Wondering why you keep getting passed over for promotions and job opportunities? If your résumé and qualifications are outstanding but your professional image doesn't quite match up, the higher-ups are going to have a hard time taking you seriously. It may sound superficial, but the way you present yourself really does matter when it comes to your career, and if you're hoping to advance, it's not something you should take lightly.
David McKnight, author of "The Zen of Executive Presence" (DAMstyle, 2013), has been helping professionals in numerous industries improve their self-presentation since he founded his image and lifestyle consulting firm, DAMstyle, in 2006. McKnight has observed a major image problem among today's workers, particularly millennials, who are taking their leadership image cues from casual young CEOs like Mark Zuckerberg of Facebook.
"It comes down to awareness," McKnight told BusinessNewsDaily. "There's no class on professional image in college or business school — how to act, carry yourself, or dress appropriately. Millennials are smart and well-qualified, but they're seeing a casual overtone in imagery and style presented by newer executives and they think that's okay. That's not the norm at larger firms and Fortune 500 companies, so they need to be aware of the industry they're going into and be appropriate for it." [The Fashion Faux Pas That Could Sink Your Career]
McKnight named four aspects of a person's self-presentation that comprise his or her professional image:
- Visual: Your physical appearance — how you dress, your grooming and your personal style. While many offices are beginning to adopt a more "casual" dress code, one's wardrobe choices should still be neat and appropriate for a work setting.
- Communication style: Verbal expression and nonverbal body language. Leaders, McKnight said, need to be conscious of their written and oral communication, but also of what their behavior, posture and other physical markers say about them.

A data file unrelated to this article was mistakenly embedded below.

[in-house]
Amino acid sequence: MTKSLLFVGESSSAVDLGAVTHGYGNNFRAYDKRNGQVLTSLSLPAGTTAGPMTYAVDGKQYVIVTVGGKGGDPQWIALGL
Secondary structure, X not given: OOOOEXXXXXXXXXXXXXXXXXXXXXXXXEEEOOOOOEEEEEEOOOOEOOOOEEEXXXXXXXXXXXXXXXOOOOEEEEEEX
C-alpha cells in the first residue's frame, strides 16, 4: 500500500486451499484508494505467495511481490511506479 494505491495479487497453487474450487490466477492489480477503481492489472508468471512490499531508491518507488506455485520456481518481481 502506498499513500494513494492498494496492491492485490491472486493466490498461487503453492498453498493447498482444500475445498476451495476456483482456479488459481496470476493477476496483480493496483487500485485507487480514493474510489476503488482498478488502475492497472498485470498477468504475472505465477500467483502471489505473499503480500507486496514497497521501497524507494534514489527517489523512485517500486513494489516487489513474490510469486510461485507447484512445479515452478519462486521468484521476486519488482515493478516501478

- Business etiquette: Behaving appropriately in an office setting and with potential or current clients. This is crucial for newer leaders, who may not be as savvy about navigating these types of situations.
- Online presence: Your public social media profiles and other information about you that can be accessed through search engines.
Of these elements, McKnight said that online reputation is especially important in our Internet-driven society.
"For the newer generation of leaders, it's important to be aware of the image and messages you communicate through LinkedIn, Twitter, Facebook, etc., and especially what comes up when you Google yourself," he said. "It's also important for the older generation. Having a professional online presence shows you're seasoned and mature, but that you're current and not afraid to embrace the latest changes and technologies."
McKnight pointed out that professional image isn't only relevant to suit-and-tie workers in 9-to-5 corporate America. Leaders in any industry can benefit from a good, hard look at their personal presentation. Here are a few things to keep in mind when evaluating and managing your image:
Recognize the importance of image. All aspects of your professional image matter and are important if you want to be taken seriously as a leader, or at least as a candidate for leadership positions. Image maintenance is a continual process, but before you can improve your self-presentation, you must be aware of the need to make those improvements. Take a look at your image from a holistic perspective and determine what areas can be enhanced. Then, develop a plan to implement any necessary changes.
Changes are gradual and rooted in habits. Change never happens overnight. McKnight compared adjusting your professional image to a makeover reality show: You can get a team of people to instantly transform your look, but if you don't keep up with it, you'll go right back to how you looked before. Your plan to improve your image must be long term and start with changing some of your basic habits about dressing, interacting with people and using social media.
Be authentic. Your internal image and identity must be harmonious and congruent with the image you project on the outside, McKnight said. If you're a creative, artistic person, you'll feel out of your element in a standard three-piece suit. McKnight recommended interjecting your personal style in a way that isn't overwhelming or intrusive, such as wearing brightly colored socks or ties.
"Your image is an asset," McKnight said. "Leverage it as a tool to distinguish yourself from your competitors and colleagues."
Originally published on BusinessNewsDaily.